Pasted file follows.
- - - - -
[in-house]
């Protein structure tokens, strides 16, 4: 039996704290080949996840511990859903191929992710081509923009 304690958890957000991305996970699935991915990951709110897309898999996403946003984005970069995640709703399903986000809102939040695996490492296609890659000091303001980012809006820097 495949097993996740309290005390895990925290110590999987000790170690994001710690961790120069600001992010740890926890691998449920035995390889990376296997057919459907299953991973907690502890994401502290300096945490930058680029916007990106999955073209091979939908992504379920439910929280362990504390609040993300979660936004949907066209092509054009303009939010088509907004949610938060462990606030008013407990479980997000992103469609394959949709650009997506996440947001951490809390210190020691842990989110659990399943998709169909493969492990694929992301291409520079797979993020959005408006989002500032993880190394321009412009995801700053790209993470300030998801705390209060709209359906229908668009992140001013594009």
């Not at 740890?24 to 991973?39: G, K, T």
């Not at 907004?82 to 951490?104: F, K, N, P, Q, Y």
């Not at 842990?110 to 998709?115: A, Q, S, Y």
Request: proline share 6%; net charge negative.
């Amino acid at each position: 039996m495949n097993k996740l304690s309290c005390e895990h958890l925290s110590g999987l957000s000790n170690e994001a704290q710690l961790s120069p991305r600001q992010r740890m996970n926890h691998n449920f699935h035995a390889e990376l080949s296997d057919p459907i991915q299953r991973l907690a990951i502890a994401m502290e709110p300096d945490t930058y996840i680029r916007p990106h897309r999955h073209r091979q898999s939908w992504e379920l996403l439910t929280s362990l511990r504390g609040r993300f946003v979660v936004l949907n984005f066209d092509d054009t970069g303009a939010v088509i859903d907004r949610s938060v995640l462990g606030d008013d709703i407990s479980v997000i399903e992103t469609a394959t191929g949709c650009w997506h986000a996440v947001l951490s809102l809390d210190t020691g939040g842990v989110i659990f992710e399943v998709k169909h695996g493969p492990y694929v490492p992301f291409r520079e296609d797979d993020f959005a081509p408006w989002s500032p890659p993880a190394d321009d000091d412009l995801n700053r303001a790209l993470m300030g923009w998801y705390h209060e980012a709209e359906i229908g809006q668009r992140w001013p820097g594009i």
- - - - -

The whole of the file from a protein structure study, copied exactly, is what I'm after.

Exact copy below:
[in-house]
């Protein structure tokens, strides 16, 4: 039996704290080949996840511990859903191929992710081509923009 304690958890957000991305996970699935991915990951709110897309898999996403946003984005970069995640709703399903986000809102939040695996490492296609890659000091303001980012809006820097 495949097993996740309290005390895990925290110590999987000790170690994001710690961790120069600001992010740890926890691998449920035995390889990376296997057919459907299953991973907690502890994401502290300096945490930058680029916007990106999955073209091979939908992504379920439910929280362990504390609040993300979660936004949907066209092509054009303009939010088509907004949610938060462990606030008013407990479980997000992103469609394959949709650009997506996440947001951490809390210190020691842990989110659990399943998709169909493969492990694929992301291409520079797979993020959005408006989002500032993880190394321009412009995801700053790209993470300030998801705390209060709209359906229908668009992140001013594009």
């Not at 740890?24 to 991973?39: G, K, T």
């Not at 907004?82 to 951490?104: F, K, N, P, Q, Y």
């Not at 842990?110 to 998709?115: A, Q, S, Y």
Request: proline share 6%; net charge negative.
């Amino acid at each position: 039996m495949n097993k996740l304690s309290c005390e895990h958890l925290s110590g999987l957000s000790n170690e994001a704290q710690l961790s120069p991305r600001q992010r740890m996970n926890h691998n449920f699935h035995a390889e990376l080949s296997d057919p459907i991915q299953r991973l907690a990951i502890a994401m502290e709110p300096d945490t930058y996840i680029r916007p990106h897309r999955h073209r091979q898999s939908w992504e379920l996403l439910t929280s362990l511990r504390g609040r993300f946003v979660v936004l949907n984005f066209d092509d054009t970069g303009a939010v088509i859903d907004r949610s938060v995640l462990g606030d008013d709703i407990s479980v997000i399903e992103t469609a394959t191929g949709c650009w997506h986000a996440v947001l951490s809102l809390d210190t020691g939040g842990v989110i659990f992710e399943v998709k169909h695996g493969p492990y694929v490492p992301f291409r520079e296609d797979d993020f959005a081509p408006w989002s500032p890659p993880a190394d321009d000091d412009l995801n700053r303001a790209l993470m300030g923009w998801y705390h209060e980012a709209e359906i229908g809006q668009r992140w001013p820097g594009i």